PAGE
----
In the lead-up to the release of It—it’s already predicted to win this weekend’s box office—Vulture talked to Harvard Medical School Psychiatrist Steven Schlozman about what’s behind the scary clown trope in horror films. There’s this idea of “the uncanny” in which, Schlozman says, “something is familiar enough to be recognizable but weird enough to give you the shivers.” (Explaining not only the clown thing, but also the prevalence of creepy dolls in horror movies.)
With clowns, there’s an added element of the ingrained role they’ve had in society dating back to the Middle Ages, Schlozman says. “Clowns, by definition, are supposed to make you laugh, but in the background is the fear that they won’t, and all of us have that in the back of our mind: the fear that you won’t actually be able to do the very thing that you’re designed to do.”
In a recent study, more Americans said they are more afraid of clowns than climate change. Clearly it’s a real fear. But there’s a difference between a minor phobia and the hyperbole people tend to turn it into; a fear of clowns has become the kind of thing a person adopts, mistaking it for a personality trait. (For the last time, Carol, your coulrophobia does not make you interesting.)
We understand it’s a real thing, but with all due respect to people who are crippled by the fear, it can sometimes seem as ridiculous as episodes of a reality TV show where a woman is cripplingly afraid of vegetables. Actually, that might be more relatable.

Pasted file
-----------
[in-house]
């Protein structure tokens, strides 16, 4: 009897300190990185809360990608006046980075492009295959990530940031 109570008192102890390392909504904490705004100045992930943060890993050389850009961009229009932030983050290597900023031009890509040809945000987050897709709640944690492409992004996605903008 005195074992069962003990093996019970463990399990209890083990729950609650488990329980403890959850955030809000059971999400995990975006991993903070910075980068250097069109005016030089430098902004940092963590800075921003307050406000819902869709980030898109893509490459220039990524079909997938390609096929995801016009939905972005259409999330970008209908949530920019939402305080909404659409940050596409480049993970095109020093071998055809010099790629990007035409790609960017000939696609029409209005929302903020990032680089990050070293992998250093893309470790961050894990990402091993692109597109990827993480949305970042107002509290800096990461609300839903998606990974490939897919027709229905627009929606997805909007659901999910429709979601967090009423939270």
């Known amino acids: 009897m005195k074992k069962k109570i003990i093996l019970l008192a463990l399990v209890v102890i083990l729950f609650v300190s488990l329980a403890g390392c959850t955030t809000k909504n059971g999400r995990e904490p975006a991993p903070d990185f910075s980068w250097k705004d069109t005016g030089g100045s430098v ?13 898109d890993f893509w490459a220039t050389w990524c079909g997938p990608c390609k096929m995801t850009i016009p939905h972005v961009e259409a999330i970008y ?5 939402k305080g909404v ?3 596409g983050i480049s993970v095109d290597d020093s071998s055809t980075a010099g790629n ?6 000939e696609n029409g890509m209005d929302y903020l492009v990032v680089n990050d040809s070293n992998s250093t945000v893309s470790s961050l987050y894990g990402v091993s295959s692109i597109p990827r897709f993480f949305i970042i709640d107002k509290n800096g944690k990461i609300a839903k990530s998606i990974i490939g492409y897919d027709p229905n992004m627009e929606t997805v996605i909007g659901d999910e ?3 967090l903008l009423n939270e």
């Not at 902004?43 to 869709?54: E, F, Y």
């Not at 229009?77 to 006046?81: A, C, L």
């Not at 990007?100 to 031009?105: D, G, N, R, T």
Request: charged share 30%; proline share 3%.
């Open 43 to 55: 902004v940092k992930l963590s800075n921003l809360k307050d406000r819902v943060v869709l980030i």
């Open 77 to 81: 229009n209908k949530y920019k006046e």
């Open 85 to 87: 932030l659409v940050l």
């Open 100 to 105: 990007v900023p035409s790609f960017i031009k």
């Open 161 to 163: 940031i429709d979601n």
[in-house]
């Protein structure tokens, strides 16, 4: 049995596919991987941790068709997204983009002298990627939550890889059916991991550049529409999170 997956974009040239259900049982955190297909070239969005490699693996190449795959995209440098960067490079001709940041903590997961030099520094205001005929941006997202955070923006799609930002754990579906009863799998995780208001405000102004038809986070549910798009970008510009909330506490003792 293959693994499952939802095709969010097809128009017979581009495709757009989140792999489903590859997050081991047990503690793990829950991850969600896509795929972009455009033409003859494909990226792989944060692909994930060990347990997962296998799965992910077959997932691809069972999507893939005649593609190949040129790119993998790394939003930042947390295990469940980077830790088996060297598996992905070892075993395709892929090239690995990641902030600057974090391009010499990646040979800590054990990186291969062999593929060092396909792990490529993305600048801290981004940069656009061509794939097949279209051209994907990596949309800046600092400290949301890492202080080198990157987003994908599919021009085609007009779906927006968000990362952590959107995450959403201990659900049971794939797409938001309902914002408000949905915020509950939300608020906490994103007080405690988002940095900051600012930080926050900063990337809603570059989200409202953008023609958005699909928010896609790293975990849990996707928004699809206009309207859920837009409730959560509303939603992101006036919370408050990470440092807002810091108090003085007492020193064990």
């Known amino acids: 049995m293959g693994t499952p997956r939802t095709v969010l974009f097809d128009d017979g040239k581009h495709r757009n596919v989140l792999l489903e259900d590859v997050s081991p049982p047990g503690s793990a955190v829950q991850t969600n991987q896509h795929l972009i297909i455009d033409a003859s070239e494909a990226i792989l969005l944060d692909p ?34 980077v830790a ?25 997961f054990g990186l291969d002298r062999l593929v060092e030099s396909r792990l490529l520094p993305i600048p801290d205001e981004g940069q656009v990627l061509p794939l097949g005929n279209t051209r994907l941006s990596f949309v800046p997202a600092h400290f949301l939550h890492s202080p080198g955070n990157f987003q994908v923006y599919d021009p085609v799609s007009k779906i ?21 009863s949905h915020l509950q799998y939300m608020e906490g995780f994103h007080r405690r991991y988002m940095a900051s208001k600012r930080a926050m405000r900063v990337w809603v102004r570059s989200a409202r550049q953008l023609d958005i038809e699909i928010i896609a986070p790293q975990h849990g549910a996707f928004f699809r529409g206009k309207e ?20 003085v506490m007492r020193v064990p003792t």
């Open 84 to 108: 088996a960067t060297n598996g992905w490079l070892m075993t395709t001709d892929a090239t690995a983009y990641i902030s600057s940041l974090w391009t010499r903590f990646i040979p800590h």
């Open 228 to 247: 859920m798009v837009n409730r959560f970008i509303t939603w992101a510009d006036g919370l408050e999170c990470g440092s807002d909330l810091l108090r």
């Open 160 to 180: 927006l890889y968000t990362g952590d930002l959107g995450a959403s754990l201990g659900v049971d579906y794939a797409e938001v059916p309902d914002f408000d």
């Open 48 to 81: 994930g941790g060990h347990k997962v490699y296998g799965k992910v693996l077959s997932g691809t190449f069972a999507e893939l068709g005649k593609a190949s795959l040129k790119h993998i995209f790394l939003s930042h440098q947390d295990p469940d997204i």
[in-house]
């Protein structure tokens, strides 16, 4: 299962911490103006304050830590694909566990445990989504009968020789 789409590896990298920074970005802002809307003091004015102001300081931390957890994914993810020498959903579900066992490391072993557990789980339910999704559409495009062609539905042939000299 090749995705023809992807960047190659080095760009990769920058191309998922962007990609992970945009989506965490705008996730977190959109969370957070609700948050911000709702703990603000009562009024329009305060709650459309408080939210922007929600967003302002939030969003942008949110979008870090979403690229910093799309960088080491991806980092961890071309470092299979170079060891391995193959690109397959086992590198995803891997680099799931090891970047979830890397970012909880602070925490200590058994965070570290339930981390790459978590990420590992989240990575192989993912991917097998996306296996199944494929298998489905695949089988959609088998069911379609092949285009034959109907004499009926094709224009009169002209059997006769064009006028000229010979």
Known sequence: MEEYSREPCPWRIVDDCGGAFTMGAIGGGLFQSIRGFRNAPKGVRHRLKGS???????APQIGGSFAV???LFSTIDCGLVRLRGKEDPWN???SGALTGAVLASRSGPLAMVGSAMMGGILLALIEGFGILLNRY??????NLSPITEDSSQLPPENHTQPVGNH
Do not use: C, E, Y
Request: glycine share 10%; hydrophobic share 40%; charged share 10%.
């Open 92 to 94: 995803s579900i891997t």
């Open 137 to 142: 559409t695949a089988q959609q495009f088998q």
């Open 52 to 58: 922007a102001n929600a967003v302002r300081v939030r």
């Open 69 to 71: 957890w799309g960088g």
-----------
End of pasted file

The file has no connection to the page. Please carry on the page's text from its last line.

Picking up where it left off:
Last year there was the insane epidemic of clown attacks, after reports surfaced that clowns in South Carolina were trying to lure children into the woods. But the stories and the videos would have been just as bone-chilling and nightmare-inducing had it been a spate of magicians terrorizing innocent strangers. Or people in teddy bear costumes. An epidemic of Left Sharks on a killing spree. Taylor Swift’s Girl Squad on a murderous rampage in the woods. Is the clown really the eerie element here? Well… yes. The whole thing is eerie. But you get what I’m saying.
The clown phobia thing is having a bit of moment, with the fear playing a major role in the new American Horror Story, which sees Sarah Paulson hallucinating depraved clowns wielding murder weapons and having sex in the produce aisle of the grocery store. (Fun show!) And the histrionics of the fear have been played up for laughs in almost every sitcom, where some dispensable character has an unreasonable freakout over a clown and everyone laughs.
There’s certainly nothing to laugh at with the monster of It. But what works about the film and, more, what doesn’t might suggest we’ve spent so much time putting stock in clowns as a horror device that the effect has been dampened. Call it a “Bozo bubble,” if you will. And I think it’s about to burst.